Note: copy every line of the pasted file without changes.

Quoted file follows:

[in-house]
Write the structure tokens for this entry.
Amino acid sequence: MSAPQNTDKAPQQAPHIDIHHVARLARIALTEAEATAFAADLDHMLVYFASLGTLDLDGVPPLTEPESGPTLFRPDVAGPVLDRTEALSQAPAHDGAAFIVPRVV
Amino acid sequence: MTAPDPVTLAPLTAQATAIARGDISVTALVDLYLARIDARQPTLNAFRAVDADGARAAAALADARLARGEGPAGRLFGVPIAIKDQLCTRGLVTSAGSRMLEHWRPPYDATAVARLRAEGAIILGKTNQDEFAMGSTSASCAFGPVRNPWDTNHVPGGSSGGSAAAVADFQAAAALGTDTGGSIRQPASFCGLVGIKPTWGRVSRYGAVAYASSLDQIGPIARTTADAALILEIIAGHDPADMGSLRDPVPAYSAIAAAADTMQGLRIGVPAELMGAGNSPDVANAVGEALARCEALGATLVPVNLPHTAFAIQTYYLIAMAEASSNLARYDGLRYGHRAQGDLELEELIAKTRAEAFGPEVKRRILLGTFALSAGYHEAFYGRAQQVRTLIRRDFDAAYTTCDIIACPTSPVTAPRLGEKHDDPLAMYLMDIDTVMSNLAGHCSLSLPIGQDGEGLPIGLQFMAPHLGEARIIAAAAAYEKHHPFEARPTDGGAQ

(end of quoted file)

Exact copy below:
[in-house]
Write the structure tokens for this entry.
Amino acid sequence: MSAPQNTDKAPQQAPHIDIHHVARLARIALTEAEATAFAADLDHMLVYFASLGTLDLDGVPPLTEPESGPTLFRPDVAGPVLDRTEALSQAPAHDGAAFIVPRVV
Amino acid sequence: MTAPDPVTLAPLTAQATAIARGDISVTALVDLYLARIDARQPTLNAFRAVDADGARAAAALADARLARGEGPAGRLFGVPIAIKDQLCTRGLVTSAGSRMLEHWRPPYDATAVARLRAEGAIILGKTNQDEFAMGSTSASCAFGPVRNPWDTNHVPGGSSGGSAAAVADFQAAAALGTDTGGSIRQPASFCGLVGIKPTWGRVSRYGAVAYASSLDQIGPIARTTADAALILEIIAGHDPADMGSLRDPVPAYSAIAAAADTMQGLRIGVPAELMGAGNSPDVANAVGEALARCEALGATLVPVNLPHTAFAIQTYYLIAMAEASSNLARYDGLRYGHRAQGDLELEELIAKTRAEAFGPEVKRRILLGTFALSAGYHEAFYGRAQQVRTLIRRDFDAAYTTCDIIACPTSPVTAPRLGEKHDDPLAMYLMDIDTVMSNLAGHCSLSLPIGQDGEGLPIGLQFMAPHLGEARIIAAAAAYEKHHPFEARPTDGGAQ